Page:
So when the MTV runs their course with Jersey Shore 3: Revenge of the Snooki, Yo I Herd You Like Wacky Stuff Done To Your Car, and My Awful Goddamn Special Teenage Entitled Spoiled Brat, I’ve got an idea for them: thirty years ago, you used to see these short little mini-movies that singers and bands and such would make. Sometimes there would be some dialogue, but usually it was just one of their songs playing and the band or singer would make like they were singing along while they did stuff related to the song (most of the time). You could just show those, one after the other. It would be like listening to the radio (or your iPod, for you little bastards who are still on my lawn who don’t know what radio is), except with pictures.
Get four or five people to introduce them in shifts, you’re good to go. (You couldn’t call them "DJs," though, since they’re not really playing discs. You’d need to come up with another name for them. I wonder if anything rhymes with "D.")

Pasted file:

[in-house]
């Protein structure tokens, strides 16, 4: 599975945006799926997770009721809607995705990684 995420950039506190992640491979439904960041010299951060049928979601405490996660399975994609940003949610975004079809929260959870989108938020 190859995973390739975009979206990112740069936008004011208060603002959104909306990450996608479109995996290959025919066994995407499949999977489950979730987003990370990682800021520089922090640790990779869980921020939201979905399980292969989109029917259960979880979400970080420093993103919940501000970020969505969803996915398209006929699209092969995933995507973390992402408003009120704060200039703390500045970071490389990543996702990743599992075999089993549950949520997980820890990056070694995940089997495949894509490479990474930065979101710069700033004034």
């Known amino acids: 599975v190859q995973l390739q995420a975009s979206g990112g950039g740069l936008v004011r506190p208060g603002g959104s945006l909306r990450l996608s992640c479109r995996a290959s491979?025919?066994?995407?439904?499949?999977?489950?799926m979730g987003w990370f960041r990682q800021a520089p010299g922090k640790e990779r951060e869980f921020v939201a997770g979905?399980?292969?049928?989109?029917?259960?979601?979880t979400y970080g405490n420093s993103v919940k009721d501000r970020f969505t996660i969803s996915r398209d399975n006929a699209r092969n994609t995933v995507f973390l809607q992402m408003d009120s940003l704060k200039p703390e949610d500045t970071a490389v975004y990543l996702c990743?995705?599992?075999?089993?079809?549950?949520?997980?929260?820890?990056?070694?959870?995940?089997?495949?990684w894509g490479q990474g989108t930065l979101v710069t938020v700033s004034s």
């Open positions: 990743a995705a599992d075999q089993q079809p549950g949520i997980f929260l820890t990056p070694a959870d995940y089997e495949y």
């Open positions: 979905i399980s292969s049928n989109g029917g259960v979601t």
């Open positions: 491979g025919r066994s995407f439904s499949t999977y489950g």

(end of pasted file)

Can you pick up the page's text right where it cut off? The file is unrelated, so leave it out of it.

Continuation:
Boom. Cheap programming. My ideas are available for franchise opportunities.
(Yeah, I know. It’ll never work.)
This is why you don’t ever want to piss off your copywriters:
Prick with a fork, indeed.
(Yes, it’s probably a ‘Shop, and some Googling indicates this picture’s been going around for at least couple of years. I don’t care. It’s still making me giggle like an idiot. :))
We’re in the fifth go-round of Hell’s Kitchen, right? It seems to me that the show’s been around long enough now to be established.
So why is it that none of these people can, you know, cook? And I’m not talking about highfalutin’ complicated dishes, I’m talking basic staples.
If I’m going to throw myself at the mercy of Chef Ramsay, there are three things I’m damn well going to make sure I know how to do flawlessly before I even fill out the application:
- Cook perfect scallops
- Make a risotto
- Prepare Beef Wellington
Five years in, Chef has those three items on EVERY menu he’s EVER had on the show, and we still have jackbags who can’t pan-fry a freakin’ scallop. Come ON.